by Drew Holmes
This past weekend we had a blizzard. I am not sure the final accumulation totals, but once it exceeds two feet it becomes academic. We have a local company that does snow removal for the store and typically the lot is cleared before we even arrive to start our day. This storm was not typical.
We were closed Monday because most of the staff (and therefore our customers) were not able to get to the store. We planned to open as usual Tuesday morning, but the lot was not yet cleared of snow. I arrived to find one of our team members alone, trying to break through the accumulated ice and snow at the entrance to the parking lot. So rather than get upset that the lot was not plowed, I grabbed my shovel and joined him.
And then a funny thing happened.
As each staff member arrived, they came up to me and asked either what they could do to help or if we had more shovels. One brought her kids to help. Another ran back home to get his snowblower. Everyone adapted to the situation and was ready to contribute and not one person begged off or wallowed in self pity over our situation. Regardless of the job they typically do at the store (sales staff, repair tech, etc.) everyone was ready to help. They all understood that if we do not have any available parking, we cannot serve our customers, so clearing the lot was critical.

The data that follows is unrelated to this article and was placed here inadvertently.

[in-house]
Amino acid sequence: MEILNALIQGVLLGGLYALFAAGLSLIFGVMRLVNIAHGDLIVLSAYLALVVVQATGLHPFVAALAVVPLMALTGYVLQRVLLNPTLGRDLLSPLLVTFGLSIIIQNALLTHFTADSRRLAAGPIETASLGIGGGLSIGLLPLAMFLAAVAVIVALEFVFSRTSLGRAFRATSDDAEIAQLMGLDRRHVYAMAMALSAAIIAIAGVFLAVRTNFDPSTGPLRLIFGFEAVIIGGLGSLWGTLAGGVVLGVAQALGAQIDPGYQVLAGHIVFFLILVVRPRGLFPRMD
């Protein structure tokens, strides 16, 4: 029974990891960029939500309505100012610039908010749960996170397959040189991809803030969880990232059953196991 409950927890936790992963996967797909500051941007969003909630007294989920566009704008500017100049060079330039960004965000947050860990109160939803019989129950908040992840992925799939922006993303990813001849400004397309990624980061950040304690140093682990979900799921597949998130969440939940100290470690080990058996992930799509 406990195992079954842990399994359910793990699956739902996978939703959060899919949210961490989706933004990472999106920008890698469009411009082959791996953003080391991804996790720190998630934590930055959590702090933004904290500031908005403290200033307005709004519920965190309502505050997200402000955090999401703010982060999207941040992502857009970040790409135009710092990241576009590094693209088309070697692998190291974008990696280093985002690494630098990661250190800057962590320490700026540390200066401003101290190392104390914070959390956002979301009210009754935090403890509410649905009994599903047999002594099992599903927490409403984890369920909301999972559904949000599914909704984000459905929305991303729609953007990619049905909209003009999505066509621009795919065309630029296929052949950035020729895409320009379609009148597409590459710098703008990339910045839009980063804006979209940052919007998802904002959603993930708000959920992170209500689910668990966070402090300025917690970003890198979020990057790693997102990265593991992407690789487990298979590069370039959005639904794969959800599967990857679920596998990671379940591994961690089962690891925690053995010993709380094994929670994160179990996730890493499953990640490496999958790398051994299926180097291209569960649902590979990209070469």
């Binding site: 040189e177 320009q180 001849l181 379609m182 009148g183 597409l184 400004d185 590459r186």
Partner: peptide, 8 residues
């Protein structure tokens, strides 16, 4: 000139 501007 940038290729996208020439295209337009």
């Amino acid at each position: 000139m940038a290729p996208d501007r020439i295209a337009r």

I have always said that my job is to do whatever needs to be done right now. And today that was moving snow. When I was Principal Librarian for the Naples (FL) Philharmonic, I was exceptionally young to have such a position. I had two assistants who were twice as old as me and a cadre of volunteers who were three or four times my age. But I had their trust and respect. I told them from day one I would never ask them to do something I could not or would not do. If I was asking them to do something, it was because I needed them to get it done.
Some would call that leading by example. I think of it as showing respect and love. Respect for the organization I serve and love for the employees who depend on me. I have had the unfortunate experience of working in situations where I felt like I cared more about the owner’s business than they did. That is a horrible feeling and I never want that for my staff. I want them to see that I care about them by caring about the organization we are all a part of, as well as showing them I will do whatever needs to be done whenever it needs doing. A team that has this mutual respect and love can accomplish anything.
Today we needed a hero. And we were fortunate enough to have a team of them answer the call.